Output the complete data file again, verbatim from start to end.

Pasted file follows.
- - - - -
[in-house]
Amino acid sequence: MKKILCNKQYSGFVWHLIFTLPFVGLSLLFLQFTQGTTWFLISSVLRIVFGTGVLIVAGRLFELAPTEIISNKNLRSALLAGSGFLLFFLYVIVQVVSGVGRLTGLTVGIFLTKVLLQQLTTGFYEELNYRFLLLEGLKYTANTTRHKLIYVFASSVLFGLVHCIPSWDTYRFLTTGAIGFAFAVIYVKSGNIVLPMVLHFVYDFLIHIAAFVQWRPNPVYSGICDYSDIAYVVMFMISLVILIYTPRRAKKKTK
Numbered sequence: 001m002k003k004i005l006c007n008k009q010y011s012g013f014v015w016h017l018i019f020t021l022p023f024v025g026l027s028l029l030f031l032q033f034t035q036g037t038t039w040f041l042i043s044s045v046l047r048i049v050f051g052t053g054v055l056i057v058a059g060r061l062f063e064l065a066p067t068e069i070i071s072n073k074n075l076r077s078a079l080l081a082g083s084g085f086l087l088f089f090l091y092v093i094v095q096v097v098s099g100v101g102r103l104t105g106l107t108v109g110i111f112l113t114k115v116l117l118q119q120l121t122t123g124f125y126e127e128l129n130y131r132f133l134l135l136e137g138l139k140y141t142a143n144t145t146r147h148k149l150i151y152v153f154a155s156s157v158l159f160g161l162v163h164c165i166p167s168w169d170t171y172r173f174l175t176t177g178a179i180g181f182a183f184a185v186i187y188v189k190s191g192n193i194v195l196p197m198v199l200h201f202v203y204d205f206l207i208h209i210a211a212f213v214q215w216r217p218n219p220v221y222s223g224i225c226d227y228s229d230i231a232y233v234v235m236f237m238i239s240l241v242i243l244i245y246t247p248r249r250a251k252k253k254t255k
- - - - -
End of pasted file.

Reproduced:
[in-house]
Amino acid sequence: MKKILCNKQYSGFVWHLIFTLPFVGLSLLFLQFTQGTTWFLISSVLRIVFGTGVLIVAGRLFELAPTEIISNKNLRSALLAGSGFLLFFLYVIVQVVSGVGRLTGLTVGIFLTKVLLQQLTTGFYEELNYRFLLLEGLKYTANTTRHKLIYVFASSVLFGLVHCIPSWDTYRFLTTGAIGFAFAVIYVKSGNIVLPMVLHFVYDFLIHIAAFVQWRPNPVYSGICDYSDIAYVVMFMISLVILIYTPRRAKKKTK
Numbered sequence: 001m002k003k004i005l006c007n008k009q010y011s012g013f014v015w016h017l018i019f020t021l022p023f024v025g026l027s028l029l030f031l032q033f034t035q036g037t038t039w040f041l042i043s044s045v046l047r048i049v050f051g052t053g054v055l056i057v058a059g060r061l062f063e064l065a066p067t068e069i070i071s072n073k074n075l076r077s078a079l080l081a082g083s084g085f086l087l088f089f090l091y092v093i094v095q096v097v098s099g100v101g102r103l104t105g106l107t108v109g110i111f112l113t114k115v116l117l118q119q120l121t122t123g124f125y126e127e128l129n130y131r132f133l134l135l136e137g138l139k140y141t142a143n144t145t146r147h148k149l150i151y152v153f154a155s156s157v158l159f160g161l162v163h164c165i166p167s168w169d170t171y172r173f174l175t176t177g178a179i180g181f182a183f184a185v186i187y188v189k190s191g192n193i194v195l196p197m198v199l200h201f202v203y204d205f206l207i208h209i210a211a212f213v214q215w216r217p218n219p220v221y222s223g224i225c226d227y228s229d230i231a232y233v234v235m236f237m238i239s240l241v242i243l244i245y246t247p248r249r250a251k252k253k254t255k